An advertising writer for the Montgomery Ward department store created Rudolph the Red Nosed Reindeer.
Store management wanted something unusual to distribute to shoppers during the 1939 Christmas season, and one of its writers, Robert May, suggested an illustrated poem for children.
Everybody knew about Santa’s eight flying reindeer from Clement Moore’s poem but some wondered how Santa flew in rain and fog.
To Robert May, the question suggested a ninth reindeer, one who could provide illumination with his nose on stormy nights.
In his first draft, May called him Rollo the Red-Nosed Reindeer.
The Montgomery Ward people loved the poem, but not the name, or the next name, Reginald.
So May compiled a list of names starting with R and read them to his four-year-old daughter. When he came to Rudolph, she smiled, and so did May’s corporate bosses, who then distributed 2.4 million copies of the illustrated booklet to their stores around the country.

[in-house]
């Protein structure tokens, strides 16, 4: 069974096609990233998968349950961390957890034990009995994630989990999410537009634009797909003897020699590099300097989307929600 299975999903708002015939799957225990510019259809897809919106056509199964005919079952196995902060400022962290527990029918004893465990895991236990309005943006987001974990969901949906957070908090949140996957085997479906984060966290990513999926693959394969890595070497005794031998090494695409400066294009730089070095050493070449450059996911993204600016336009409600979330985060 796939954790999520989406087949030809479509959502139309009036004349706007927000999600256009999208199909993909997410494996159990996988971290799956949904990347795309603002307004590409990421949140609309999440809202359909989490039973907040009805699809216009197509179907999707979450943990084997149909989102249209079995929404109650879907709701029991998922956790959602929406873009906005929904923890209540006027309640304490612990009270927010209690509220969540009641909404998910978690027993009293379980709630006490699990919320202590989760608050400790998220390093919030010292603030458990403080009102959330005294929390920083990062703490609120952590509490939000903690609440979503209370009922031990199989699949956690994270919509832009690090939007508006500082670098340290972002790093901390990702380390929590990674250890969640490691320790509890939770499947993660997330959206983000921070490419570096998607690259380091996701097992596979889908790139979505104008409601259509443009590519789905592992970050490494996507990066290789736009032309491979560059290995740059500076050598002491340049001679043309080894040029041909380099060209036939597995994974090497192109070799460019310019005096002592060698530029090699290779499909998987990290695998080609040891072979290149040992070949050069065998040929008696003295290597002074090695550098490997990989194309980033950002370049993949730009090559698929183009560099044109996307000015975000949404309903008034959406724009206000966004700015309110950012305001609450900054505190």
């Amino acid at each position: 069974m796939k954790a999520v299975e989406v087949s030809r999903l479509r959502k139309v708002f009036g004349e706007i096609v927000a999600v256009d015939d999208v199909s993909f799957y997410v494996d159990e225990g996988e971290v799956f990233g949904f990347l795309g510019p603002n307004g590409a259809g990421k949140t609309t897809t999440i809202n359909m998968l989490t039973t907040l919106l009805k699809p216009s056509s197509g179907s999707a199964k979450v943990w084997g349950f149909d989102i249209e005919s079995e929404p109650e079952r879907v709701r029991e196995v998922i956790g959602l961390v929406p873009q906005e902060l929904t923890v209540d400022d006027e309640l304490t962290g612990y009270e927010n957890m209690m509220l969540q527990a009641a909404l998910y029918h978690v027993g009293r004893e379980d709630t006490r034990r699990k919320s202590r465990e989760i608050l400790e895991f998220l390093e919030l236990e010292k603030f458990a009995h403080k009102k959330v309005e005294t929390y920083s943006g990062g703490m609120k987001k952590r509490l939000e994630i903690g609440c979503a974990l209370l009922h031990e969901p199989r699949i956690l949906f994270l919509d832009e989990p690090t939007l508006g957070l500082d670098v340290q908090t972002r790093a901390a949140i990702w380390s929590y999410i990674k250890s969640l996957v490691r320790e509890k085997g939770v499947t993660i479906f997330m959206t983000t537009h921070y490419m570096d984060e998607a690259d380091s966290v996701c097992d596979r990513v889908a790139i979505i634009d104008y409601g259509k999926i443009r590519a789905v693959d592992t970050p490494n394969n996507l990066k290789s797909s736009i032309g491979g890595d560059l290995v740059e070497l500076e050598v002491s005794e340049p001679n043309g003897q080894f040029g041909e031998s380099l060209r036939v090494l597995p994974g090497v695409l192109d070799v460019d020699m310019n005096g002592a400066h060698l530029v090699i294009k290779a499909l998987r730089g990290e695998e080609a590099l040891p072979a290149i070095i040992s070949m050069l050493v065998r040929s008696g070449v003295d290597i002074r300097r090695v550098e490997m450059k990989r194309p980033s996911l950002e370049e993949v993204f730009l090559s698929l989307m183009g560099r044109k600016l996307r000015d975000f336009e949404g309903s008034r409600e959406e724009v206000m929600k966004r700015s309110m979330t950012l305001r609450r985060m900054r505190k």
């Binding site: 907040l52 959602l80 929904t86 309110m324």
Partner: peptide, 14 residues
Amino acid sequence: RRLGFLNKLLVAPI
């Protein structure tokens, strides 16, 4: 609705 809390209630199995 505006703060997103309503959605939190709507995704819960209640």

In 1947, one of May’s friends with musical aspirations, Johnny Marks, put the poem to music and started shopping it around.
Singer after singer turned it down. Finally Marks sent it to an over-the-hill cowboy movie star named Gene Autry, who decided he had nothing to lose in recording it.
In the Christmas season of 1949, the record flew like a reindeer to the top of the charts.
Since then, more than 300 different artists have recorded it in dozens of languages, selling close to 100 million copies of the song and spawning both a popular animated TV special and another element in the ever-growing Santa Claus mythology.